Why?

Well, the participants in the gesture study had to learn a maximum of 90 words (both concrete and abstract nouns) in 8 days. Each day they learned for 4(!) hours including breaks.

After the 8th day they scored a little more than 80% of the words correct (dropping to about 40% for the 6-months post study-period test). With such a time investment, I think with methods like the Magnetic Memory Method you could expect that to be quite a bit higher.

However, it’s important to keep in mind that the gesture study wasn’t about maximizing vocab scores, but rather about finding out if performing meaningful gestures while learning vocab outperforms other (basic) methods.

And it did.

Question Marks

It’ll be interesting to see if these same researchers follow up on this study to answer some of the remaining questions.

For example, it’s popular right now to learn a new language without translating back to your native language.

What would happen if the participants don’t listen to the translations but instead infer the meaning from the gestures only?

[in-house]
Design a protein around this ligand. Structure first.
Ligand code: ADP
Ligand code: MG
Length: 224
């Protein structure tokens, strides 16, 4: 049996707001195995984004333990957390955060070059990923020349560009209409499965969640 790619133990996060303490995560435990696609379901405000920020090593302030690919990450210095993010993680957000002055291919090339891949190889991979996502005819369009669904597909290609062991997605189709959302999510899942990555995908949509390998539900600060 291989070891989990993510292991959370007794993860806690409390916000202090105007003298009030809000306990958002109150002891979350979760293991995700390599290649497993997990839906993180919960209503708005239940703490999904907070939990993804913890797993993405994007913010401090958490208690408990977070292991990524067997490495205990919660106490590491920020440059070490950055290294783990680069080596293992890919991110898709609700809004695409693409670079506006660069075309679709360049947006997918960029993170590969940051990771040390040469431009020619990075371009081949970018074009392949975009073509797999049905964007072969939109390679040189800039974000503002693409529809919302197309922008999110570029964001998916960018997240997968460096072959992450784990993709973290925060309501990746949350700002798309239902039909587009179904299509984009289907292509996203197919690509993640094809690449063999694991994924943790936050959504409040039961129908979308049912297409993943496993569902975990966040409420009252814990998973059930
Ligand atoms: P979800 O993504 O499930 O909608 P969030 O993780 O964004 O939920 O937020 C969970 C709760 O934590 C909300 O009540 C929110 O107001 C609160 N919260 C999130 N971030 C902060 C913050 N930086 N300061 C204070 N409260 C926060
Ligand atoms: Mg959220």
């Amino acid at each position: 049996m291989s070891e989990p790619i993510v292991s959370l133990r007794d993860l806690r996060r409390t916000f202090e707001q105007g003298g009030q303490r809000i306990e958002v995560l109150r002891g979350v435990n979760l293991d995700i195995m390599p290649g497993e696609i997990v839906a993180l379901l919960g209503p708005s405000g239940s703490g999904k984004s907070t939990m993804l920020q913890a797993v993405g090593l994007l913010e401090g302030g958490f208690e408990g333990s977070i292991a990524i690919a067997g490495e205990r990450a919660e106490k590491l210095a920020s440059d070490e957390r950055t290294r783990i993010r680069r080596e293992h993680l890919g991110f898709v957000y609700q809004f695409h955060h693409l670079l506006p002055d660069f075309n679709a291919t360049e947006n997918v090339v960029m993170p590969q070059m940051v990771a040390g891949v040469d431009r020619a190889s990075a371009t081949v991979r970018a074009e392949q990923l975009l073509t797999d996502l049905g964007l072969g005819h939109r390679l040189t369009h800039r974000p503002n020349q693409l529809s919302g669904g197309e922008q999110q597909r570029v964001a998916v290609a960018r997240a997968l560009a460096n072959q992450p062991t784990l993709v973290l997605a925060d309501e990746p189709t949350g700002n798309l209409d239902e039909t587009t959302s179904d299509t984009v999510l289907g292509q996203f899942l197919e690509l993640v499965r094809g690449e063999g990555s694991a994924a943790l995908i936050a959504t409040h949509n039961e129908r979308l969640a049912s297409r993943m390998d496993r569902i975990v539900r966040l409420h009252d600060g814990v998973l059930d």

Another important thing to remember is that the participants performed pre-determined gestures. That is, gestures that they themselves had NOT come up with.

I believe that in vocab learning it’s important to make personal connections with the words. To connect them to something you already know or have experienced.

I’m convinced that performing personal gestures – that still convey the meaning of the word for you – would significantly boost the recall rate of the method.

Use Your Body … and Your Keyboard

Gestures create additional sensory input that strengthens the memory of what we try to learn.

I think it’s worthwhile trying this out for yourself. I certainly will. At the very least, I can see it being an interesting and fresh way to learn foreign vocabulary.

But what do you think?

Is gesturing something you would apply to your language learning?

If so, what tweaks would you make to improve the method?

Let’s talk in the comments!

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7 comments

  1. Hey Noel!

    Awesome article, thanks for bringing attention to this. I have always experienced much better memory retention through exercising while language learning. For me, this mostly means walking/hiking in nature and listening + speaking aloud audio lessons (textbook accompaniments, Pimsleur, Michel Thomas, FSI/DLI courses, podcasts, etc). I am a bit chuffed that I discovered this personally before I read Alexander Arguelles’ material/method on Language Shadowing, another testament to applying physical movement in the language learning process: